Donates back to city and community
Hip Hop artist touches those with troubled lives, kids running streets
Success in today’s young music scene requires talent, charisma and determination. Myles Lee covers all those traits and more. The 22-year-old is beginning to make waves in Texas with his original Hip-Hop and RAP sounds, but possesses a distinctive attitude that other singers may not.
In a time when such music can get a bad rap (no pun intended), it’s refreshing to see an artist who knows what it stands for: “Rhythm And Poetry.” He expects to make the most of it to help society. Myles realizes his dreams with insistent, recurring beat patterns that provide context for meaningful and slangy chants. Some call it “boastful rhyming patter smoothly intoned.”
Myles makes “music to inspire and touch the youth who come from the side of town I come from, who have troubled lives, and who go through typical problems of kids running the streets, just trying to fit in when they stick out.”
“My goal is to someday open a business around my old neighborhood and speak at schools,” the singer says, along “with opening a school or institute for troubled learners and donate back to my city and community.”
He was “born and grew up in the southeast and southwest of San Antonio where I spent my younger years and a few adolescent years,” he explains. “I moved schools so frequently, I hardly had a chance to establish friends and build or grow with people.”
Myles has been playing at San Antonio events and is establishing himself with a following of young, hip music lovers throughout the city and at various venues such as a recent Afton Shows (nationwide concert production company, promoter, talent buyer, and booking agent) produced performance at Jack’s Patio Bar.
He was first recognized at Paper Tiger, the popular venue on St. Mary’s Street, to a sell-out show with several other acts.
“My first performance was nice,” Myles Lee smiles. “A lot of people thought I’d be nervous or scared but I’ve been preparing for this since I was fourteen, maybe younger, since I had stage-fright but always wanted to be in front of an audience.”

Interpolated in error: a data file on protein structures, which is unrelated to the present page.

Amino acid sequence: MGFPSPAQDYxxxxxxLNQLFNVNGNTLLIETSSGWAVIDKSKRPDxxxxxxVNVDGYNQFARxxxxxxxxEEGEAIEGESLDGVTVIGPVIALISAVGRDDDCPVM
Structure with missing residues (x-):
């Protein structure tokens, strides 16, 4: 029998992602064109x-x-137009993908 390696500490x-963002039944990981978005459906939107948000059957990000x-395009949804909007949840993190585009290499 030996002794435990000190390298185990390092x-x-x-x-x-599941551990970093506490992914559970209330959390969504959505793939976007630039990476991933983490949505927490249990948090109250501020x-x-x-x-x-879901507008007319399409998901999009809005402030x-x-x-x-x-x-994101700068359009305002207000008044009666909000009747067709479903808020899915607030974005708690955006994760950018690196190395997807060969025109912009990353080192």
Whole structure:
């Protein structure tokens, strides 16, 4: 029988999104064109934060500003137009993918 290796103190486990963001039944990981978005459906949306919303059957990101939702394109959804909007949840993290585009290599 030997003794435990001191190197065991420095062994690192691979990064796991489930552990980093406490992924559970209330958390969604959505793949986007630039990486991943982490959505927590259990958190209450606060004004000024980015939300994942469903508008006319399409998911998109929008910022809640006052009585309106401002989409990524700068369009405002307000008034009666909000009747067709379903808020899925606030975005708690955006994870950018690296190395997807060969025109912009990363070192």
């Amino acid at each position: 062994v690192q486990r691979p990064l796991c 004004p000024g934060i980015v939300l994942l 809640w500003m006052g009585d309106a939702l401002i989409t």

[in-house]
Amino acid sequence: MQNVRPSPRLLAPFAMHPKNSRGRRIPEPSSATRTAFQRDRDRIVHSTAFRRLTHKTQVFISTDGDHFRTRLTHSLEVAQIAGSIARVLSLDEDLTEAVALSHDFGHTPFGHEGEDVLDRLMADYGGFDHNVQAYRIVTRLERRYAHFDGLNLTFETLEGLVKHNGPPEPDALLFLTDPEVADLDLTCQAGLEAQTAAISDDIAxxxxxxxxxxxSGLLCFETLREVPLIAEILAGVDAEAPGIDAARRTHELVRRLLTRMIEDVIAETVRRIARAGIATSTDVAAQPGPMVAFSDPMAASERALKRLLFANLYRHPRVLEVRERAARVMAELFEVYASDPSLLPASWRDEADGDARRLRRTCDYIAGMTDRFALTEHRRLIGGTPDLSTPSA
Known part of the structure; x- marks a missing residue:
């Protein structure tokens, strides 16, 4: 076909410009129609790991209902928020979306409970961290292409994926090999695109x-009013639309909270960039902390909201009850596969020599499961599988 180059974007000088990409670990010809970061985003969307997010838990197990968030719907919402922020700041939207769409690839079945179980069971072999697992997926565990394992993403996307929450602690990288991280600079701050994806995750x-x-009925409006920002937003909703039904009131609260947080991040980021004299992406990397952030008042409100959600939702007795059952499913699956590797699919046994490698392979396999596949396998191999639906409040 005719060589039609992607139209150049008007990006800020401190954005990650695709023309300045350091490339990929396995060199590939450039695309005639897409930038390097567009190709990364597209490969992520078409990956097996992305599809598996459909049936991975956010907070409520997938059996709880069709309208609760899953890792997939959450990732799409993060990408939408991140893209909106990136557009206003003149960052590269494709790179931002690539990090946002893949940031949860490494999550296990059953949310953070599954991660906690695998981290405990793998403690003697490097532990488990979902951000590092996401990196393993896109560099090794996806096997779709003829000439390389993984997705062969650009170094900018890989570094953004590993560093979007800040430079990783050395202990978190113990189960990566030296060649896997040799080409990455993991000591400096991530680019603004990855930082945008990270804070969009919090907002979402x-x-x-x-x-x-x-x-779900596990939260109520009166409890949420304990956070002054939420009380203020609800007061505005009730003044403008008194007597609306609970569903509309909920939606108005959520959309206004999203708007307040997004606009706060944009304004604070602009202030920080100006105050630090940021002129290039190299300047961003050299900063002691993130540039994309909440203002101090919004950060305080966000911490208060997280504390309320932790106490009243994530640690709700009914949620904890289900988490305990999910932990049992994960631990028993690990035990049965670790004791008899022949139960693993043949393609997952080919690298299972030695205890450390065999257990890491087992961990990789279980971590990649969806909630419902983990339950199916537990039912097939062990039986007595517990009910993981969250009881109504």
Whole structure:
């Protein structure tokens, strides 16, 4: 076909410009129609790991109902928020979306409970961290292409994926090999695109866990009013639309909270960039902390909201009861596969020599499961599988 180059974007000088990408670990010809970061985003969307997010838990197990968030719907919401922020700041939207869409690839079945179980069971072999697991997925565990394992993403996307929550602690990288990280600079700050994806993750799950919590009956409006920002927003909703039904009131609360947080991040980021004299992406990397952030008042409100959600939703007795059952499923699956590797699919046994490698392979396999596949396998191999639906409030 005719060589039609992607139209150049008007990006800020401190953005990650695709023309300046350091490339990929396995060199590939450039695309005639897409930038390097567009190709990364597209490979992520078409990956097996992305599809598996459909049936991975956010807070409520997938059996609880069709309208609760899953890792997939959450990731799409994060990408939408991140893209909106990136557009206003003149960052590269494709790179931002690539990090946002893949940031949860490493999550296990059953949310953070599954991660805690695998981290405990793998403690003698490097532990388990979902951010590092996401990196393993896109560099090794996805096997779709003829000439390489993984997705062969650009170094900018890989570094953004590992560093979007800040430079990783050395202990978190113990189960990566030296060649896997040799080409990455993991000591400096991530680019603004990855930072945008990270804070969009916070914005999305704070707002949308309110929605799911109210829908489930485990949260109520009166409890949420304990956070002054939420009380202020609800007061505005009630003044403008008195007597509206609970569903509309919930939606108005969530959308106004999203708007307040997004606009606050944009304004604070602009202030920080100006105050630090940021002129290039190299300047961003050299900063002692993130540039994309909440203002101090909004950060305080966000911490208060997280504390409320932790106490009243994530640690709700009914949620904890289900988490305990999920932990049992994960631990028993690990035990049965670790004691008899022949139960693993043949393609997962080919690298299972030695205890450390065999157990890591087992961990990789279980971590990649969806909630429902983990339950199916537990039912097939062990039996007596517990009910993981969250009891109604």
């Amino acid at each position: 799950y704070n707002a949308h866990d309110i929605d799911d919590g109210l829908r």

Everyone was ecstatic…
“Everyone went ecstatic for my performance which kind of surprised me,” he continued. “All in all, it was great. I felt I did great for my first show!”
Myles describes himself as “a young entrepreneur and activist for music and culture in my city. Not only do I strive to make a name for myself in the music business, but also a name to be reckoned with—when talking business mogul, icon, and of course, a public figure.”
“I started ‘rapping’ or making music at fourteen,” he enlightens. Up to now “it’s just recording out the closet, using programs such as FL Studios, and Pro Tools. Thankfully I’ve had the blessing to meet some amazing people to help me with my craft and perfect it, as well as get into nicer furnished and more complete studios.”
All I really wanted to do was something to teach the youth…
“What had happened was I was going through a depressed stage when I hurt my back and didn’t know if football was the best thing for me,” Myles explained. “Plus as a kid in high-school only 5’6″-5’7,” my dreams of wanting to be the next Spud Webb or Nate Robinson were becoming more narrow. All I really wanted to do was something to teach the youth, to help others from killing each other and making mistakes I had seen or made.”
“So one day I was visiting my mom and she wanted to go visit an old friend of hers who had two sons, one who rapped,” he recalls. “Steven was his first name and his stage name was Yung Lou. We only recorded one EP, and worked in the studio several times. During this time there was a lot of ‘pop-up’ rappers, so I saw what he had to offer.”
I didn’t wanna just be another rapper…
“I didn’t wanna just be another rapper or guy trying to fit in,” he continued. “I wanted to stand out. Ironically, I felt something that night, like I was playing ball while recording. Such a strange feeling. But he told me if I was serious to go home and write and next time we’d lay down some tracks. That night i went home and stayed up all night writing raps. We ended up getting together and releasing a 5-track EP in a weekend.”
“All the money I’m focused on making isn’t for materialistic things,” Myles checks himself. “Sure I like nice things, just like the next man. But I’ll sit back and enjoy the fruits of my labor, when the labor is done.”
For now, “as you can see, I still have a lot of work to do!”
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